A slight change to the usual topic of this blog series, Connect The Dots, but it’s for a very good reason! I am celebrating a massive milestone in my career – for the first time ever, I am 100% self-employed and it feels amazing!
Over the last decade I have always had a side hustle, whether that be just a hobby that’s turned into something that makes me some going out money or a part time job that I hoped might turn into a full time business. However, with a full time ‘normal’ job and two children and a husband who has to work away on site a lot, it was REALLY hard to have the courage to just go for it. A story, I’m sure, which is so common.
About 10 months ago I decided that it was time, time to puff up my chest and take the leap! I was going to make the business I was hugely passionate about my one and only focus. In a way I’m hugely grateful for the time it’s taken to reach this point as I’ve learnt so much over the last 10 years, met so many people that have inspired me in one way or another and learnt from mistakes I’ve seen or mistakes I myself have made!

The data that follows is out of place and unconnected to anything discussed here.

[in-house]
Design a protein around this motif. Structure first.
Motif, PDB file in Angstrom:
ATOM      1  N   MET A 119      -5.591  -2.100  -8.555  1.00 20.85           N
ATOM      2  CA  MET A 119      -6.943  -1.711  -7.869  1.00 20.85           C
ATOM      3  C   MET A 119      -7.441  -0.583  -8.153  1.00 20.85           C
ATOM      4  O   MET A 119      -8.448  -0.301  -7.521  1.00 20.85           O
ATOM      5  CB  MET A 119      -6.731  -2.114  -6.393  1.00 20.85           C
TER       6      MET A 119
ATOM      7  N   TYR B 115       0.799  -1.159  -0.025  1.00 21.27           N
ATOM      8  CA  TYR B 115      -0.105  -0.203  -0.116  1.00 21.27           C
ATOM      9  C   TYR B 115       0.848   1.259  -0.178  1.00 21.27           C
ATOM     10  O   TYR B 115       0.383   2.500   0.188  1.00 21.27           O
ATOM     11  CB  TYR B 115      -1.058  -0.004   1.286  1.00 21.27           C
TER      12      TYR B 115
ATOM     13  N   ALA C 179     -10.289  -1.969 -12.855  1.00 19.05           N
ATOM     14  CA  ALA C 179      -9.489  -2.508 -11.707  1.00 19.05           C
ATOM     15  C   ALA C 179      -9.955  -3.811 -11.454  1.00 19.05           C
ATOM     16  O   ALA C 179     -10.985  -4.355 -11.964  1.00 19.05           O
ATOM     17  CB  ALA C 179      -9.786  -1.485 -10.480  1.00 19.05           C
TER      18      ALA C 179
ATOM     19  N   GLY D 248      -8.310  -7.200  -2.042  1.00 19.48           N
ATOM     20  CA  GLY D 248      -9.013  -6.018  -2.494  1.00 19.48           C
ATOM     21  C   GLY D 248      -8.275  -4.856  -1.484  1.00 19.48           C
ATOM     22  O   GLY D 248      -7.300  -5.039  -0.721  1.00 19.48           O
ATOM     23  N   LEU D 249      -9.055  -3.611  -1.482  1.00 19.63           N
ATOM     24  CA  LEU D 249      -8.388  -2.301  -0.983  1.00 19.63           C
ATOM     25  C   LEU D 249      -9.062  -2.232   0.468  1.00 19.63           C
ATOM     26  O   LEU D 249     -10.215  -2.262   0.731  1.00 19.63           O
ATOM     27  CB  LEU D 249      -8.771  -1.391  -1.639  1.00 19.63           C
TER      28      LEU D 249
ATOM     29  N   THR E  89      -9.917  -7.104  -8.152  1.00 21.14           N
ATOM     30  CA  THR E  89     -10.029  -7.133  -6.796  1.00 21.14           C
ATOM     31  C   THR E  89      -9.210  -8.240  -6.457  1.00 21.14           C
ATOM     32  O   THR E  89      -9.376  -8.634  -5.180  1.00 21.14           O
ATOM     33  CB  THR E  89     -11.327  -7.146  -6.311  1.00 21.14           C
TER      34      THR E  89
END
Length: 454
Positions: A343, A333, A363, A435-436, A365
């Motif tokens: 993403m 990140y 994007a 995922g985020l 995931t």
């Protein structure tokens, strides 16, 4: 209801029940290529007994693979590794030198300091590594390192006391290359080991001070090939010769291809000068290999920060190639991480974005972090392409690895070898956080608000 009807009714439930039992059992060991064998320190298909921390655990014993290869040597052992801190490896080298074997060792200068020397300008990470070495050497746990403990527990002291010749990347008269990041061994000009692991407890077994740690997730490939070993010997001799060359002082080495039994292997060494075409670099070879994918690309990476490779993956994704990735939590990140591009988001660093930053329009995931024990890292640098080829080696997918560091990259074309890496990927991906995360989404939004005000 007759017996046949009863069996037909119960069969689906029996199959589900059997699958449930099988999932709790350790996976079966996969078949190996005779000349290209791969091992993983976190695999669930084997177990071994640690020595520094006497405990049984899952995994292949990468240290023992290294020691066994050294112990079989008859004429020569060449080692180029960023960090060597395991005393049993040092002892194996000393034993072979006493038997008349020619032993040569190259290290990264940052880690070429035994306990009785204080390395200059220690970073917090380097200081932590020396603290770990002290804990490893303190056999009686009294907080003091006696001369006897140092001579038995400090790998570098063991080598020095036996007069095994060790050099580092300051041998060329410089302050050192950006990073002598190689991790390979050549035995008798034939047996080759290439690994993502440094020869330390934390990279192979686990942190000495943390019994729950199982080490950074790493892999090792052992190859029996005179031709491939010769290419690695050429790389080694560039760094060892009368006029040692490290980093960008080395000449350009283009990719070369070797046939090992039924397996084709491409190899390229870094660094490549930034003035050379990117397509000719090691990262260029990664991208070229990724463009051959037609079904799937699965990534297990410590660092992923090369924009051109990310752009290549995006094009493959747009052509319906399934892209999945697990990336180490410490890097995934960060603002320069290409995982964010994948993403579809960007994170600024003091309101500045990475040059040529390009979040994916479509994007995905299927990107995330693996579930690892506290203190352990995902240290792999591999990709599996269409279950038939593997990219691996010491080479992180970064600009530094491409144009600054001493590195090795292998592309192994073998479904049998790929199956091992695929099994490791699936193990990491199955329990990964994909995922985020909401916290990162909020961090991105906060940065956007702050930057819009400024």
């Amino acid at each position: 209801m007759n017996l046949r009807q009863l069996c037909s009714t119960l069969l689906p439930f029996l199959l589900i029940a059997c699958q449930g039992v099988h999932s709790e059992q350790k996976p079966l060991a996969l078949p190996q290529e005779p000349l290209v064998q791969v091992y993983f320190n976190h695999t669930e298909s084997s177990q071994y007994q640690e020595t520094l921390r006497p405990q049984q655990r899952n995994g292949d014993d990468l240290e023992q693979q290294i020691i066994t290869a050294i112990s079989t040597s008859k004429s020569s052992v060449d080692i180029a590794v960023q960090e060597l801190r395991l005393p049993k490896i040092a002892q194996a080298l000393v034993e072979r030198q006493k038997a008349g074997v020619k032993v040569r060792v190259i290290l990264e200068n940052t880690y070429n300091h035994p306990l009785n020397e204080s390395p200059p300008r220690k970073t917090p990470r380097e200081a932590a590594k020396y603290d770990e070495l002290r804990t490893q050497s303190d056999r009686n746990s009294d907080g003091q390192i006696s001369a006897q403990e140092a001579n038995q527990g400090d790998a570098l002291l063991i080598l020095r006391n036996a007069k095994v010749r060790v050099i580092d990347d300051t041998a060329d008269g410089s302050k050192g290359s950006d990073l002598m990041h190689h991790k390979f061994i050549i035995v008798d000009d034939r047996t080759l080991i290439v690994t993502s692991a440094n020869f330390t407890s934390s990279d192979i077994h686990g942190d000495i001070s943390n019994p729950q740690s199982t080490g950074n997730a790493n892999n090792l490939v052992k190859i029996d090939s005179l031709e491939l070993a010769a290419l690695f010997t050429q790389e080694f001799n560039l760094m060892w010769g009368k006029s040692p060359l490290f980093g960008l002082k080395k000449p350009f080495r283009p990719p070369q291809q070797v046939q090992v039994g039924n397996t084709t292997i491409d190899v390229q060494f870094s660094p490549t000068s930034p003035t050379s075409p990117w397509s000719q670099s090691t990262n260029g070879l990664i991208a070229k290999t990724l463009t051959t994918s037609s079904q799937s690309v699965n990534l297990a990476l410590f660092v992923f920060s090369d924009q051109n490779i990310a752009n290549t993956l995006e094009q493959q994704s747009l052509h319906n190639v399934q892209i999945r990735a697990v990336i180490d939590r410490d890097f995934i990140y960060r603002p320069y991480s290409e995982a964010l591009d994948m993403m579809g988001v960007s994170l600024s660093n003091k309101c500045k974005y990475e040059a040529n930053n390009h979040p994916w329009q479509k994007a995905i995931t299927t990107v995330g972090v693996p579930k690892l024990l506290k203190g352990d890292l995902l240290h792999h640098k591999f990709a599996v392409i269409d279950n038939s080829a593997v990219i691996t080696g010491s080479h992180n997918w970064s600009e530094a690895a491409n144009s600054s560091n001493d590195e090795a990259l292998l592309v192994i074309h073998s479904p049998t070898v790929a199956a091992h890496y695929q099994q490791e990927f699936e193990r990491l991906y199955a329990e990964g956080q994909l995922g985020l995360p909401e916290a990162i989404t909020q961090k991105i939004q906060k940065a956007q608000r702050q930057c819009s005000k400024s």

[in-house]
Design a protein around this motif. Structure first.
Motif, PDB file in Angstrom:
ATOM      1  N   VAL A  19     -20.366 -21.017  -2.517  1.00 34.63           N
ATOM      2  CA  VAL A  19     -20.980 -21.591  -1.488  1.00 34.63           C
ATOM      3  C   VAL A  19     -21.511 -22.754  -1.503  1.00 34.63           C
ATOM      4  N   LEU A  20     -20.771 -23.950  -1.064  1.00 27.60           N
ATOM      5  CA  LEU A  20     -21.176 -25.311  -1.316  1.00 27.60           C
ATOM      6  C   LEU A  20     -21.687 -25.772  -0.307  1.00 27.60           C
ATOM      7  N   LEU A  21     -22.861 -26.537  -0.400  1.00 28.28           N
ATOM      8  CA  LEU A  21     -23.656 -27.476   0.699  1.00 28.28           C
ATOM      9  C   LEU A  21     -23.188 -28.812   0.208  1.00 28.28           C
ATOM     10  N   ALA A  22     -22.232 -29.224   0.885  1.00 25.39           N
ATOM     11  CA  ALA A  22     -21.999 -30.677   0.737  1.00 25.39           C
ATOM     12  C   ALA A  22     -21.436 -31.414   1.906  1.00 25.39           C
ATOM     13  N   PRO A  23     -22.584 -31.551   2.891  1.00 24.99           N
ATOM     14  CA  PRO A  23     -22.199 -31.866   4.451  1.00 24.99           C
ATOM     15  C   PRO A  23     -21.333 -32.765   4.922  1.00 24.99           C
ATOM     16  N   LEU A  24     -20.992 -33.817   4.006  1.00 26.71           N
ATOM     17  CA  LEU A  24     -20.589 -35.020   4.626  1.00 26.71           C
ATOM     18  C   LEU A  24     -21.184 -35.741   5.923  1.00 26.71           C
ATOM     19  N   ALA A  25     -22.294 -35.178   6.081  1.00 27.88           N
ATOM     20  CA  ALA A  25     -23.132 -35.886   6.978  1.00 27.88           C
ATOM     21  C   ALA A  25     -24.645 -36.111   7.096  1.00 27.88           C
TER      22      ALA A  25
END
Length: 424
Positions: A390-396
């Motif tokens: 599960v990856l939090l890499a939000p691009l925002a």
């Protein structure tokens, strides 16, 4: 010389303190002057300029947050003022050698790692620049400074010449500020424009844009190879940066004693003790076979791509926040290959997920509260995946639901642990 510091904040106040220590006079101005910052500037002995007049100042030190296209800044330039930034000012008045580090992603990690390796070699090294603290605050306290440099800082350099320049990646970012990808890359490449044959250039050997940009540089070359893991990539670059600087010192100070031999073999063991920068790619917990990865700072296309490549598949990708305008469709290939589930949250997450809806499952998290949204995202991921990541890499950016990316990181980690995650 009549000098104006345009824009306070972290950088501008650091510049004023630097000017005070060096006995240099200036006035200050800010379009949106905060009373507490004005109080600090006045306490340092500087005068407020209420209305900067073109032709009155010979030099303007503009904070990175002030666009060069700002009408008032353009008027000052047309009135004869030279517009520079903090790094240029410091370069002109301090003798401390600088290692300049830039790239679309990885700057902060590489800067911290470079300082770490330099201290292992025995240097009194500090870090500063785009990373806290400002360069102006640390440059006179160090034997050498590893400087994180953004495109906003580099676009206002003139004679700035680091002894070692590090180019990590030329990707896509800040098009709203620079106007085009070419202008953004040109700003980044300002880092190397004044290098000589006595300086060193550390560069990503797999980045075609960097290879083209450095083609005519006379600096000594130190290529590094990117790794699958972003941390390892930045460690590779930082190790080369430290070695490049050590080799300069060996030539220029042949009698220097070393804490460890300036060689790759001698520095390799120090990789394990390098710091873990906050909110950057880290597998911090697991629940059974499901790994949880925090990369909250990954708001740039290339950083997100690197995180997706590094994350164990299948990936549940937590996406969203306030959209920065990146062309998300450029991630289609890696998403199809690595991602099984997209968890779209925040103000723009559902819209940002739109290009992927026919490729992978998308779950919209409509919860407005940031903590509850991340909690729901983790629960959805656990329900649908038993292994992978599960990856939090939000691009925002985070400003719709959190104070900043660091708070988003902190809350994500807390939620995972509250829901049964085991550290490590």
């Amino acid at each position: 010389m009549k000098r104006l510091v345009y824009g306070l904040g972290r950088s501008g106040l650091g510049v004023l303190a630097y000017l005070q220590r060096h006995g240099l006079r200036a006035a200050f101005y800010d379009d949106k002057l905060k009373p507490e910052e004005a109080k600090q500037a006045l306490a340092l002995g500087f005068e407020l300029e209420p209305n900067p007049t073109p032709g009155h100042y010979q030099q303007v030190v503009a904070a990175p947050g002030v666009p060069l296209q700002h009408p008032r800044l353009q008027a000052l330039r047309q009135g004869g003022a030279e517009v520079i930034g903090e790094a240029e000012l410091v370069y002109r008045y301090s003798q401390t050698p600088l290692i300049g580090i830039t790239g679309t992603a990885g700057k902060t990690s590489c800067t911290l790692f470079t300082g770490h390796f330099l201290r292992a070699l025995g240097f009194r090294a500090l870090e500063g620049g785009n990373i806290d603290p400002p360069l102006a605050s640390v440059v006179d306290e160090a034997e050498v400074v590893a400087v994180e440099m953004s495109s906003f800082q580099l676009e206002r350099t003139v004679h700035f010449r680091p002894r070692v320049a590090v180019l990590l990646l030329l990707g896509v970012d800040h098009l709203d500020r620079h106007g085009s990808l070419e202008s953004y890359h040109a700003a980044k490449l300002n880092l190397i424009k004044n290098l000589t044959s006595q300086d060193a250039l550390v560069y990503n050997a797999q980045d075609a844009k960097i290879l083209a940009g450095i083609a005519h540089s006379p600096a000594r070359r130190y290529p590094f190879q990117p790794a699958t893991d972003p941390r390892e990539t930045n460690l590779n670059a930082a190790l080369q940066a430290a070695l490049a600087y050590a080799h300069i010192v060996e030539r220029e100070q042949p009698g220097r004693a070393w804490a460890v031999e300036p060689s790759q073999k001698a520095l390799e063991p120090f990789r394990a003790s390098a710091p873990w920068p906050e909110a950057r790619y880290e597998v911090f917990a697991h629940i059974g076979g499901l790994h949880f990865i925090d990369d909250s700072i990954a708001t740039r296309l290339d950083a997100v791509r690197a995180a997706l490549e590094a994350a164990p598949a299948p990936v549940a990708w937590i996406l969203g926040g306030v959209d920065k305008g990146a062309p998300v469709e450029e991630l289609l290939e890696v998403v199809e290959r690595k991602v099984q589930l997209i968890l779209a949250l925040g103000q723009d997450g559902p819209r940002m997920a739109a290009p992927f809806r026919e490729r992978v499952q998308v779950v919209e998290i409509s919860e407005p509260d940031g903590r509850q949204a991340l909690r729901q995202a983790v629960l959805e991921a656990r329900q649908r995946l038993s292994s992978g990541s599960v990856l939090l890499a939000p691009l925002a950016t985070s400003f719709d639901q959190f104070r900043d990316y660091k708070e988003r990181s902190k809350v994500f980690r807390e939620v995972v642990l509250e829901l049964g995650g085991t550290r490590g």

So, my point of this blog today is not only to celebrate this new path I’m heading down but to share some of those things I’ve learnt that might help those also embarking on this journey or even to those that are much further down the line and in the thick of it, I know I always appreciate hearing other’s experience so hopefully this might in some way help one of you.
- Take your business where your customers need you. This one was HUGE for me, the saying you can’t put a square peg in a round hole really applies to working out your business model. You may be passionate about your vision of a product or service but if no one wants it, what’s the point? When I first set out my business plan I was very niche in my ideas, I loved Facebook ChatBots and wanted to shape my company around building and managing those for businesses. With my background in marketing I believe I have the knowledge and experience to make these genius little bots do wonderful things for my potential clients.